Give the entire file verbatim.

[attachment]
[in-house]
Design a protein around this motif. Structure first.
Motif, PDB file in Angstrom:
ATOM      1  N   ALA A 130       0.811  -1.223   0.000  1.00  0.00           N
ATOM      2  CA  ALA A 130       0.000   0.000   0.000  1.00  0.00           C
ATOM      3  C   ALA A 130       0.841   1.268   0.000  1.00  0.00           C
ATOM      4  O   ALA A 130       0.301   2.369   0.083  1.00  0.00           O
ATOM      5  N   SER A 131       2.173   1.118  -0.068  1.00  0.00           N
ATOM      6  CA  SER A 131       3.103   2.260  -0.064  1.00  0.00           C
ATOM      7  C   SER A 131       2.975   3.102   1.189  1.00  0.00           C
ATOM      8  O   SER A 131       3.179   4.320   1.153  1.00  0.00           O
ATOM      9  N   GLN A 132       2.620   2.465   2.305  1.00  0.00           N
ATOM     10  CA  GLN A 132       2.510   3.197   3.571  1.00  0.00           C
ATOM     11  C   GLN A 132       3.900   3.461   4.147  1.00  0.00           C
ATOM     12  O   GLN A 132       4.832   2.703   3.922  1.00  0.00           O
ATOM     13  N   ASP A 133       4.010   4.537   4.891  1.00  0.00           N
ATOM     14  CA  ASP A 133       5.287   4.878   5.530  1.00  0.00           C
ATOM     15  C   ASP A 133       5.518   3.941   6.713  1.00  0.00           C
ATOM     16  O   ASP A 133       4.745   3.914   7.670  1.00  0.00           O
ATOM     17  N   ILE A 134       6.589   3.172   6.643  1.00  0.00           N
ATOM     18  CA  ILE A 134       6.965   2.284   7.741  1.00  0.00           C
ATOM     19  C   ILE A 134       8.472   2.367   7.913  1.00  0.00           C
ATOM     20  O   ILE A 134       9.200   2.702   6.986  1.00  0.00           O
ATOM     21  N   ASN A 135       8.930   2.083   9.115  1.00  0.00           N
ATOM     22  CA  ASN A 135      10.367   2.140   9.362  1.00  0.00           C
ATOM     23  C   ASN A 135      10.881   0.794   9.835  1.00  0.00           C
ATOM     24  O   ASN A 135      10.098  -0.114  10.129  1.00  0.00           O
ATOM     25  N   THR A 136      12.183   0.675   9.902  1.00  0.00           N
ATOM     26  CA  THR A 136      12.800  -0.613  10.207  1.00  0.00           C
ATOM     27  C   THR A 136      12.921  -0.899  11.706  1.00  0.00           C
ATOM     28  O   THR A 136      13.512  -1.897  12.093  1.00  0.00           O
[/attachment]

[in-house]
Design a protein around this motif. Structure first.
Motif, PDB file in Angstrom:
ATOM      1  N   ALA A 130       0.811  -1.223   0.000  1.00  0.00           N
ATOM      2  CA  ALA A 130       0.000   0.000   0.000  1.00  0.00           C
ATOM      3  C   ALA A 130       0.841   1.268   0.000  1.00  0.00           C
ATOM      4  O   ALA A 130       0.301   2.369   0.083  1.00  0.00           O
ATOM      5  N   SER A 131       2.173   1.118  -0.068  1.00  0.00           N
ATOM      6  CA  SER A 131       3.103   2.260  -0.064  1.00  0.00           C
ATOM      7  C   SER A 131       2.975   3.102   1.189  1.00  0.00           C
ATOM      8  O   SER A 131       3.179   4.320   1.153  1.00  0.00           O
ATOM      9  N   GLN A 132       2.620   2.465   2.305  1.00  0.00           N
ATOM     10  CA  GLN A 132       2.510   3.197   3.571  1.00  0.00           C
ATOM     11  C   GLN A 132       3.900   3.461   4.147  1.00  0.00           C
ATOM     12  O   GLN A 132       4.832   2.703   3.922  1.00  0.00           O
ATOM     13  N   ASP A 133       4.010   4.537   4.891  1.00  0.00           N
ATOM     14  CA  ASP A 133       5.287   4.878   5.530  1.00  0.00           C
ATOM     15  C   ASP A 133       5.518   3.941   6.713  1.00  0.00           C
ATOM     16  O   ASP A 133       4.745   3.914   7.670  1.00  0.00           O
ATOM     17  N   ILE A 134       6.589   3.172   6.643  1.00  0.00           N
ATOM     18  CA  ILE A 134       6.965   2.284   7.741  1.00  0.00           C
ATOM     19  C   ILE A 134       8.472   2.367   7.913  1.00  0.00           C
ATOM     20  O   ILE A 134       9.200   2.702   6.986  1.00  0.00           O
ATOM     21  N   ASN A 135       8.930   2.083   9.115  1.00  0.00           N
ATOM     22  CA  ASN A 135      10.367   2.140   9.362  1.00  0.00           C
ATOM     23  C   ASN A 135      10.881   0.794   9.835  1.00  0.00           C
ATOM     24  O   ASN A 135      10.098  -0.114  10.129  1.00  0.00           O
ATOM     25  N   THR A 136      12.183   0.675   9.902  1.00  0.00           N
ATOM     26  CA  THR A 136      12.800  -0.613  10.207  1.00  0.00           C
ATOM     27  C   THR A 136      12.921  -0.899  11.706  1.00  0.00           C
ATOM     28  O   THR A 136      13.512  -1.897  12.093  1.00  0.00           O